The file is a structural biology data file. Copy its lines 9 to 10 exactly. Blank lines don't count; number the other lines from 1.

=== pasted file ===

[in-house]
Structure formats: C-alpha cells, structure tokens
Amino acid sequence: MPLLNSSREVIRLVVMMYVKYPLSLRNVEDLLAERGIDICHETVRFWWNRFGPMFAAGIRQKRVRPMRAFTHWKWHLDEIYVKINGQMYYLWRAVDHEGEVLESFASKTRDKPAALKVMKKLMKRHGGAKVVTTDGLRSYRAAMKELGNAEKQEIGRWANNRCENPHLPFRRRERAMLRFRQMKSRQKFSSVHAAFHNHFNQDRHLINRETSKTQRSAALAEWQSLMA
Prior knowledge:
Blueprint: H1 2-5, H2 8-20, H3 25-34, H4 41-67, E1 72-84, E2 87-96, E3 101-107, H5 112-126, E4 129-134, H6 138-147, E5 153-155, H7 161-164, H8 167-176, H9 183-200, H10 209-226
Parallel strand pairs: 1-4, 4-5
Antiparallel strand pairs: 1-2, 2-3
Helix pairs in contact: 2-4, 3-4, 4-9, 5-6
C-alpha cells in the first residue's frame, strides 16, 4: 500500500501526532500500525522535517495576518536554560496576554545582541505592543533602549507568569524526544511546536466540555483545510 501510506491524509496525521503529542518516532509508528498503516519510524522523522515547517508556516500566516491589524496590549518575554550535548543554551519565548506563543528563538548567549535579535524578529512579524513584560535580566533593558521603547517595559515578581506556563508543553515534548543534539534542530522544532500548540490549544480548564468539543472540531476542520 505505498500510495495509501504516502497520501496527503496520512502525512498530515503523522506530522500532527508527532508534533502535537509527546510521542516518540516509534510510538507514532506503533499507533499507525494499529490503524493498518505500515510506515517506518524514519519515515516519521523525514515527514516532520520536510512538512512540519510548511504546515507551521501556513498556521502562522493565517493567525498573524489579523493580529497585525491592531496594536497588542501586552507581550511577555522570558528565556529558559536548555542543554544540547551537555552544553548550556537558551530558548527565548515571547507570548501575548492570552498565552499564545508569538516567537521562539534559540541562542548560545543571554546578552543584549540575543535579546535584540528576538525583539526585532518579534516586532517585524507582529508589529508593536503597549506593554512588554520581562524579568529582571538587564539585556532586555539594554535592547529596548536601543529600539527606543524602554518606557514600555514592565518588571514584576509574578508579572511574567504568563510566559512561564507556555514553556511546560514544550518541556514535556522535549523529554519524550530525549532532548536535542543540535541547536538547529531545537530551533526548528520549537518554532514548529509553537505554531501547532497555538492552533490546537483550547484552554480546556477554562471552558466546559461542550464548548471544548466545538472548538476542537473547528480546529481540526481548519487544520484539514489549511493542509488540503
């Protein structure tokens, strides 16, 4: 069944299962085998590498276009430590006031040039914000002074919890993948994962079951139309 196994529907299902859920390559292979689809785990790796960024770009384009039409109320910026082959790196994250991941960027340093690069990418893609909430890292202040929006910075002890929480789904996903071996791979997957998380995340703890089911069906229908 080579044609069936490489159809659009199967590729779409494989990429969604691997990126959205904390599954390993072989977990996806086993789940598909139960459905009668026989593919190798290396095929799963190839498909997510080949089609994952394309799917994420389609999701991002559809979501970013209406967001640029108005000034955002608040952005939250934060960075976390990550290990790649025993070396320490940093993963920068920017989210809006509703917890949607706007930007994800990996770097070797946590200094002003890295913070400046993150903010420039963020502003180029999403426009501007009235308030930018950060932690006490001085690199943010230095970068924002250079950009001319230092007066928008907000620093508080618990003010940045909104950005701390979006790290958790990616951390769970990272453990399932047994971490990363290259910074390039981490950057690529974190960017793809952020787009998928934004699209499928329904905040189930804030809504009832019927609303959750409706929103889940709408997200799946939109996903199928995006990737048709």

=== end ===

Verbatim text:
C-alpha cells in the first residue's frame, strides 16, 4: 500500500501526532500500525522535517495576518536554560496576554545582541505592543533602549507568569524526544511546536466540555483545510 501510506491524509496525521503529542518516532509508528498503516519510524522523522515547517508556516500566516491589524496590549518575554550535548543554551519565548506563543528563538548567549535579535524578529512579524513584560535580566533593558521603547517595559515578581506556563508543553515534548543534539534542530522544532500548540490549544480548564468539543472540531476542520 505505498500510495495509501504516502497520501496527503496520512502525512498530515503523522506530522500532527508527532508534533502535537509527546510521542516518540516509534510510538507514532506503533499507533499507525494499529490503524493498518505500515510506515517506518524514519519515515516519521523525514515527514516532520520536510512538512512540519510548511504546515507551521501556513498556521502562522493565517493567525498573524489579523493580529497585525491592531496594536497588542501586552507581550511577555522570558528565556529558559536548555542543554544540547551537555552544553548550556537558551530558548527565548515571547507570548501575548492570552498565552499564545508569538516567537521562539534559540541562542548560545543571554546578552543584549540575543535579546535584540528576538525583539526585532518579534516586532517585524507582529508589529508593536503597549506593554512588554520581562524579568529582571538587564539585556532586555539594554535592547529596548536601543529600539527606543524602554518606557514600555514592565518588571514584576509574578508579572511574567504568563510566559512561564507556555514553556511546560514544550518541556514535556522535549523529554519524550530525549532532548536535542543540535541547536538547529531545537530551533526548528520549537518554532514548529509553537505554531501547532497555538492552533490546537483550547484552554480546556477554562471552558466546559461542550464548548471544548466545538472548538476542537473547528480546529481540526481548519487544520484539514489549511493542509488540503
């Protein structure tokens, strides 16, 4: 069944299962085998590498276009430590006031040039914000002074919890993948994962079951139309 196994529907299902859920390559292979689809785990790796960024770009384009039409109320910026082959790196994250991941960027340093690069990418893609909430890292202040929006910075002890929480789904996903071996791979997957998380995340703890089911069906229908 080579044609069936490489159809659009199967590729779409494989990429969604691997990126959205904390599954390993072989977990996806086993789940598909139960459905009668026989593919190798290396095929799963190839498909997510080949089609994952394309799917994420389609999701991002559809979501970013209406967001640029108005000034955002608040952005939250934060960075976390990550290990790649025993070396320490940093993963920068920017989210809006509703917890949607706007930007994800990996770097070797946590200094002003890295913070400046993150903010420039963020502003180029999403426009501007009235308030930018950060932690006490001085690199943010230095970068924002250079950009001319230092007066928008907000620093508080618990003010940045909104950005701390979006790290958790990616951390769970990272453990399932047994971490990363290259910074390039981490950057690529974190960017793809952020787009998928934004699209499928329904905040189930804030809504009832019927609303959750409706929103889940709408997200799946939109996903199928995006990737048709």